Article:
Stocks to buy

The Stars are Aligning for Astra Space Stock

Astra Space (NASDAQ:ASTR) launches satellites, and investors should consider buying ASTR stock right now. That isn’t only because billionaires like Richard Branson, Jeff Bezos, and Elon Musk are garnering a lot of attention for their forays to space. 

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Rather, it’s because Astra Space, which isn’t trying to bring humans into orbit like those aforementioned CEOs, is a strong contender in the burgeoning space industry in its own right. In other words, the company stands on its own merits. 

ASTR stock is interesting because of the company’s fundamentals. Let’s begin by looking at those and then diving deeper into what differentiates it from the bigger firms that are involved in the newest space race. 

Fundamental Appeal

Those considering investing in Astra’s stock should note that the shares look to be trading at a discount. Investors can  purchase ASTR stock for just over $11. The good news is that analysts’ average price target on the name is $13. That, of course, implies  that the shares are undervalued. 

However, it is also important to know that there is only one analyst who currently covers Astra Space. The reason to tread carefully in such a situation is obvious: Any of the multiple assumptions that each analyst uses to calculate a price target can be flawed. So, the more  analysts who have issued price targets there are , the greater our confidence in their average price target should be. 

But InvestorPlace writer Mark Hake utilized the same quantitative models that Wall Street equity firms do and concluded that ASTR stock deserves a price target of $12.40. 

How does the company look from a financial perspective?

Astra’s Q2 Results

One the one hand, a snapshot of Astra Space’s recent earnings report is worrisome for investors. The company’s EBITDA losses are increasing year-over-year. Through the first half of last year, its EBITDA loss came in at $16.4 million. That figure more than doubled in the first half of 2021, hitting $34.8 million. 

And in Q3,  the company expects to incur an EBITDA loss between $32 million and $35 million. 

But I am nonetheless  upbeat on ASTR stock because of the company’s cash on hand and its projected revenues. 

Astra Merged With a SPAC 

On July 1, Astra Space closed on its merger with a SPAC called Holicity. As a result, ASTR stock now trades on the Nasdaq Exchange and added $464 million of cash to its balance sheet. The PIPE transaction that made the company a publicly traded entity also ensures that it will not be starved for cash anytime soon.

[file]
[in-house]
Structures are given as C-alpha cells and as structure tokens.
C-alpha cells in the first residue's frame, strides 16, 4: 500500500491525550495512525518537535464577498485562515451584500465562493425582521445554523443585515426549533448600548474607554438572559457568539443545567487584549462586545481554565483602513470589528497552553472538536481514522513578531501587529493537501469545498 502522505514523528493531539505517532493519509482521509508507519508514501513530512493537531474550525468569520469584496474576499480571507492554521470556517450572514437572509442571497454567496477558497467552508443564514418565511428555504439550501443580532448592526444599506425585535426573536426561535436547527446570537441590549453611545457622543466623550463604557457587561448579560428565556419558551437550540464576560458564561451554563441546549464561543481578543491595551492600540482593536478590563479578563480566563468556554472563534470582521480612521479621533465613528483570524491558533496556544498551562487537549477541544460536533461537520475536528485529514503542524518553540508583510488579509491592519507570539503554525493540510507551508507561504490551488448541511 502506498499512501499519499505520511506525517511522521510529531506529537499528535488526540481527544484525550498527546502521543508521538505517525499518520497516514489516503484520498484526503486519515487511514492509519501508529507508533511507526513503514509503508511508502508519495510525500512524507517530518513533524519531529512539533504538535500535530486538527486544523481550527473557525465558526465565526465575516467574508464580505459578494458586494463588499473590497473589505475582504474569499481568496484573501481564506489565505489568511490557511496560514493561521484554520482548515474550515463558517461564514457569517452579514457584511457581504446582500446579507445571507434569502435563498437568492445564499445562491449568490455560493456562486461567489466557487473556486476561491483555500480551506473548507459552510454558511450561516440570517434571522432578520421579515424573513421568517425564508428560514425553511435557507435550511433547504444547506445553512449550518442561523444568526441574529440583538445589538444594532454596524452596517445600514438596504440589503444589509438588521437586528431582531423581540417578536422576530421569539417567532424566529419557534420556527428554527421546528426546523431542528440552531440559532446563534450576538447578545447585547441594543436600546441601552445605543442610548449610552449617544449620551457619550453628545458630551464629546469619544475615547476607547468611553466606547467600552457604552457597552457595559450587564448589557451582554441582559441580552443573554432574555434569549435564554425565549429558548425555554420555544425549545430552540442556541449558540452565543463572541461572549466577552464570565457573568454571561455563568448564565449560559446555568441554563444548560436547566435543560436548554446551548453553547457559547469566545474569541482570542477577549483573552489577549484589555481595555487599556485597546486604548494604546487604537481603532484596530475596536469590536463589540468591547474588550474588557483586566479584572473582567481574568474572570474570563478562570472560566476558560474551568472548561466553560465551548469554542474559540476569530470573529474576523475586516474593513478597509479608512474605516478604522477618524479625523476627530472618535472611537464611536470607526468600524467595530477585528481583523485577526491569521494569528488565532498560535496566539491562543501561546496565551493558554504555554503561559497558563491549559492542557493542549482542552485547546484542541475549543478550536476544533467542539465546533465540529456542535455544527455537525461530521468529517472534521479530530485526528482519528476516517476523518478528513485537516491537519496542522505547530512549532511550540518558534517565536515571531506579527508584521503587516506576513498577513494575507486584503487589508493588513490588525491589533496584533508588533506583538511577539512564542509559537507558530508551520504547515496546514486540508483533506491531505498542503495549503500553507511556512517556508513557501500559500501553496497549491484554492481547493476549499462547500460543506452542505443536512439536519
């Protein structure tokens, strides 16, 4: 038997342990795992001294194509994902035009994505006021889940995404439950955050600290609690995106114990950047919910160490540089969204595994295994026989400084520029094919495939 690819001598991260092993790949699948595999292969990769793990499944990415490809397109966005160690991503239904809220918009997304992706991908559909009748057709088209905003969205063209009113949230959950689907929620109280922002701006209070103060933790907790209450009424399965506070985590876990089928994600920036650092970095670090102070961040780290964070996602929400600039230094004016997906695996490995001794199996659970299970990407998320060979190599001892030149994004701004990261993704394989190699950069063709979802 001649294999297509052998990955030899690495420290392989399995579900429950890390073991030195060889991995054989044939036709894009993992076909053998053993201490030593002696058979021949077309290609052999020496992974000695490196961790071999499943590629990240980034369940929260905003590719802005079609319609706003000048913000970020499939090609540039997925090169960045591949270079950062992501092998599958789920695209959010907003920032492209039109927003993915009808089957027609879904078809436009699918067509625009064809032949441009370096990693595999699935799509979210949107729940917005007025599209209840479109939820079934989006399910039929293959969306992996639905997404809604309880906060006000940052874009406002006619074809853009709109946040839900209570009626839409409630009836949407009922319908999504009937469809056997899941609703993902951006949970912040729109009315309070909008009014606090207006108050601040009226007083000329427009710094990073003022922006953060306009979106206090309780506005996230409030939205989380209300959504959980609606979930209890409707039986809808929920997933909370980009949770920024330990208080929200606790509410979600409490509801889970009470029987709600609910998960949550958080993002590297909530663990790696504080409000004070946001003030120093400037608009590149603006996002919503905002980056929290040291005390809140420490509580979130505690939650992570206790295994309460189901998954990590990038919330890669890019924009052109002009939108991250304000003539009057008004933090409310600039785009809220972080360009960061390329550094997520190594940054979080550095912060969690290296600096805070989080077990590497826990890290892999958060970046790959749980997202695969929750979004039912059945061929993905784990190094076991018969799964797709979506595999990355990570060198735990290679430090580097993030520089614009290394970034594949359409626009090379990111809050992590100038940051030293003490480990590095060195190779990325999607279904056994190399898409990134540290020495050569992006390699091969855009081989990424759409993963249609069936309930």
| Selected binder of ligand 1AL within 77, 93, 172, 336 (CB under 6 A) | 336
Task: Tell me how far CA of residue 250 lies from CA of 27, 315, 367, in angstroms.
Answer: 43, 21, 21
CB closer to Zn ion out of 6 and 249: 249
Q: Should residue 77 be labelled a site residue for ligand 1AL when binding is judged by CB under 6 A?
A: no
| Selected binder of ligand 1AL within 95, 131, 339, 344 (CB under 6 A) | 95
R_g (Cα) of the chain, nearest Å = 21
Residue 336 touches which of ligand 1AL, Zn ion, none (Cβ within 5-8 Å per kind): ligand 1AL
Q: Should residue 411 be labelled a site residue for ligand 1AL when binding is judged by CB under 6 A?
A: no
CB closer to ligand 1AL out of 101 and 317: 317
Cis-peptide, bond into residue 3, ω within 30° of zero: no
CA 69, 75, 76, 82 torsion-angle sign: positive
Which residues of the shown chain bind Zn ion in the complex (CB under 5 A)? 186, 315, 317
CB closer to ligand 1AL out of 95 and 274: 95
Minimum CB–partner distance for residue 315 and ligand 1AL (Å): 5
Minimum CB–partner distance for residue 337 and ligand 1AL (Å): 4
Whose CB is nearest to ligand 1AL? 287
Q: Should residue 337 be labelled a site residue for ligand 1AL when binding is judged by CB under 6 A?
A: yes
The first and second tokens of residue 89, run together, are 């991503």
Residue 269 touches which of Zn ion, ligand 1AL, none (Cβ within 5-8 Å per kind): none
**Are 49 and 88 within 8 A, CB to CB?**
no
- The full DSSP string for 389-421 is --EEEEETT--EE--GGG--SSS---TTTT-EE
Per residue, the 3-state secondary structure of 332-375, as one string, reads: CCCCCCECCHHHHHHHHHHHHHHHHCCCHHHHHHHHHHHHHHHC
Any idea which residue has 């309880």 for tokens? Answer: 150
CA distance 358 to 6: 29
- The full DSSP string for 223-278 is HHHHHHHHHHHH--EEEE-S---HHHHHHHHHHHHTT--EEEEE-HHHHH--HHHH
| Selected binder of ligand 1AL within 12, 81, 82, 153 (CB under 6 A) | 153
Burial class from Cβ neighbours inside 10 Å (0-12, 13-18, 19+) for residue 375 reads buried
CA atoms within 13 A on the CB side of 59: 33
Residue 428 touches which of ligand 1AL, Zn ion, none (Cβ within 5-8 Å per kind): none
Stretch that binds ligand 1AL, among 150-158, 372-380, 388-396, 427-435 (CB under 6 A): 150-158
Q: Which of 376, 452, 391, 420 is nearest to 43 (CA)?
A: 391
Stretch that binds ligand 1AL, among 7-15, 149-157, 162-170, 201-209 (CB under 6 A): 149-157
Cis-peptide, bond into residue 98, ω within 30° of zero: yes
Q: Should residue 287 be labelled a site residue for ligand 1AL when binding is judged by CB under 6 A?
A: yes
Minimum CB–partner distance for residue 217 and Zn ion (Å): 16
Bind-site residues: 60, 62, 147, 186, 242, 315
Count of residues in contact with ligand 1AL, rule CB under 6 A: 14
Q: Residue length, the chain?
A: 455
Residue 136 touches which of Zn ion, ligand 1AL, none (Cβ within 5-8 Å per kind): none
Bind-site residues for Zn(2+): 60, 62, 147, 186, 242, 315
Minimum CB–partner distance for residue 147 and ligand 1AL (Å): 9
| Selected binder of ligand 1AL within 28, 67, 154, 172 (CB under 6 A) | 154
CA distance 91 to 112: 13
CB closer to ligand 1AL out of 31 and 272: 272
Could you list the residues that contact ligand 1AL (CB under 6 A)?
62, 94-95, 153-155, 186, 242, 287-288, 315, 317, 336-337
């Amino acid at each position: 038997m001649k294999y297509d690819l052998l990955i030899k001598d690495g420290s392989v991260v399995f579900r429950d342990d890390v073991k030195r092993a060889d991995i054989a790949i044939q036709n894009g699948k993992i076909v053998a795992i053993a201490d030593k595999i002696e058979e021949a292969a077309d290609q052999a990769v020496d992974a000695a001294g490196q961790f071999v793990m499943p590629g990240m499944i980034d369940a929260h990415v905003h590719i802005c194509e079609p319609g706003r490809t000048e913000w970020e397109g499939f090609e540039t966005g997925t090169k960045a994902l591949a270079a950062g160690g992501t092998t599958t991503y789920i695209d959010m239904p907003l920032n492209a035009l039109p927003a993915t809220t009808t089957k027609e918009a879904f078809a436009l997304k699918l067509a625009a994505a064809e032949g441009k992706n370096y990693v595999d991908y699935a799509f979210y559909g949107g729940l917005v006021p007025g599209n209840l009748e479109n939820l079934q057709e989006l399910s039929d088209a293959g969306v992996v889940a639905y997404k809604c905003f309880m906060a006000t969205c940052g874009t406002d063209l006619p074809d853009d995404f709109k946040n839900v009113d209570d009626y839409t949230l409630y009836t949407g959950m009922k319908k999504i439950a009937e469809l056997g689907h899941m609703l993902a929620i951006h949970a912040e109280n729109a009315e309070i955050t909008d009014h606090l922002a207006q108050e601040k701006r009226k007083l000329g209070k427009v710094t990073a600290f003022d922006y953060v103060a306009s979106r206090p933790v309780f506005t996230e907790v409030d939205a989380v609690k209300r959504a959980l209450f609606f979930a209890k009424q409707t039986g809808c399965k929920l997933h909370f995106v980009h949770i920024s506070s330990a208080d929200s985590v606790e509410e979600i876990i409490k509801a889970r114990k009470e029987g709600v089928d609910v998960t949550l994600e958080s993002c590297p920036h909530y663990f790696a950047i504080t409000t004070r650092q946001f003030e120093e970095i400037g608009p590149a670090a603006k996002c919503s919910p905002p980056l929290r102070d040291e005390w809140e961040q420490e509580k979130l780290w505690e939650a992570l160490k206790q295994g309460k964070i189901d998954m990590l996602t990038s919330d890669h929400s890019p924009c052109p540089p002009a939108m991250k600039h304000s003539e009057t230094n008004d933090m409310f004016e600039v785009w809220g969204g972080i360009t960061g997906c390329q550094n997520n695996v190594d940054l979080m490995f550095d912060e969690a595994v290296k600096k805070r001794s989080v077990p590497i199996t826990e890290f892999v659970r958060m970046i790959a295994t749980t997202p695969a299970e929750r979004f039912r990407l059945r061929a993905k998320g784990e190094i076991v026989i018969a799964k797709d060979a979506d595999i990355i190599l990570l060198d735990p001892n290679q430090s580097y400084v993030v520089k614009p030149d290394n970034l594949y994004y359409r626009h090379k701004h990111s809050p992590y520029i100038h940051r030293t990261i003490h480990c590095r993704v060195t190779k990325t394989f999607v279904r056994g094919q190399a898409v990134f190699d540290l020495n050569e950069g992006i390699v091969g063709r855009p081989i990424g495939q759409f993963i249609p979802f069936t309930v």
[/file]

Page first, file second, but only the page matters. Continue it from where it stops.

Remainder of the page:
The company has cash, but it doesn’t yet bring in any revenue. However, now that the company has merged and has landed several contracts, its growth outlook appears to be strong. 

The single analyst who covers ASTR stock believes that its 2021 revenue should reach $3 million. The analyst also predicts that Astra’s sales will balloon nearly 2,000% to $59.9 million by the end of 2022. 

The vast majority of Astra’s future revenue is expected to comes from the contracts that the Alameda, California company has signed. 

In the month of August alone, it has signed three deals. On Aug. 5, the company announced that it would launch a payload for the United States Space Force.  The launch is expected to occur between Aug. 27 and Sept. 11. 

On Aug. 9, Astra divulged that it had secured another contract with the Space Force. The IDIQ (Indefinite Delivery/Indefinite Quantity) deal covers a nine- year period and approximately 20 missions. 

Finally, on Aug. 12,  Astra Space announced that Spire Global (NYSE:SPIR) would begin using its launch services early next year. 

The Bottom Line on ASTR Stock

ASTR stock looks poised to rise significantly. With the space tourism industry bringing billions of investment dollars to the broader space sector, Astra Space could climb much higher in the coming years.

On the date of publication, Alex Sirois did not have (either directly or indirectly) any positions in the securities mentioned in this article. The opinions expressed in this article are those of the writer, subject to the Publishing Guidelines.